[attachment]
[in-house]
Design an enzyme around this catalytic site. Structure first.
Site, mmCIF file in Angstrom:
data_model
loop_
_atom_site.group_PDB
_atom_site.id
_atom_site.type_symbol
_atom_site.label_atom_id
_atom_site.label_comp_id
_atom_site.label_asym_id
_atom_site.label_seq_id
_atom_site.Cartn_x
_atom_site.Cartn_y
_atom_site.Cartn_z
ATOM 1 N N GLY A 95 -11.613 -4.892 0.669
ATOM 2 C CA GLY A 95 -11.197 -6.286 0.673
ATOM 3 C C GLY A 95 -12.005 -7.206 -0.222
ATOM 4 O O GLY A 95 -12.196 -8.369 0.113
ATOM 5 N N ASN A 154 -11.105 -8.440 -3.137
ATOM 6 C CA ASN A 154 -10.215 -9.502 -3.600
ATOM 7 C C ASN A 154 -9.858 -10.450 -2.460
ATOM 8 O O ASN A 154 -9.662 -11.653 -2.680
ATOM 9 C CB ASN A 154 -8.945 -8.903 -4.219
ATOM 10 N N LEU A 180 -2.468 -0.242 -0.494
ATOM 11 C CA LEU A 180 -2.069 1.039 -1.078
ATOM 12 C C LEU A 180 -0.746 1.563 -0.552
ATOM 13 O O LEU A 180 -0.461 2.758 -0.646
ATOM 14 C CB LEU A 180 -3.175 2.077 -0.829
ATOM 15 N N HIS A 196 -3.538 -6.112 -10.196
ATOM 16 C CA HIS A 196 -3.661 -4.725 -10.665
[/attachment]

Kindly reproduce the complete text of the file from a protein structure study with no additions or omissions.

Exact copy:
[in-house]
Design an enzyme around this catalytic site. Structure first.
Site, mmCIF file in Angstrom:
data_model
loop_
_atom_site.group_PDB
_atom_site.id
_atom_site.type_symbol
_atom_site.label_atom_id
_atom_site.label_comp_id
_atom_site.label_asym_id
_atom_site.label_seq_id
_atom_site.Cartn_x
_atom_site.Cartn_y
_atom_site.Cartn_z
ATOM 1 N N GLY A 95 -11.613 -4.892 0.669
ATOM 2 C CA GLY A 95 -11.197 -6.286 0.673
ATOM 3 C C GLY A 95 -12.005 -7.206 -0.222
ATOM 4 O O GLY A 95 -12.196 -8.369 0.113
ATOM 5 N N ASN A 154 -11.105 -8.440 -3.137
ATOM 6 C CA ASN A 154 -10.215 -9.502 -3.600
ATOM 7 C C ASN A 154 -9.858 -10.450 -2.460
ATOM 8 O O ASN A 154 -9.662 -11.653 -2.680
ATOM 9 C CB ASN A 154 -8.945 -8.903 -4.219
ATOM 10 N N LEU A 180 -2.468 -0.242 -0.494
ATOM 11 C CA LEU A 180 -2.069 1.039 -1.078
ATOM 12 C C LEU A 180 -0.746 1.563 -0.552
ATOM 13 O O LEU A 180 -0.461 2.758 -0.646
ATOM 14 C CB LEU A 180 -3.175 2.077 -0.829
ATOM 15 N N HIS A 196 -3.538 -6.112 -10.196
ATOM 16 C CA HIS A 196 -3.661 -4.725 -10.665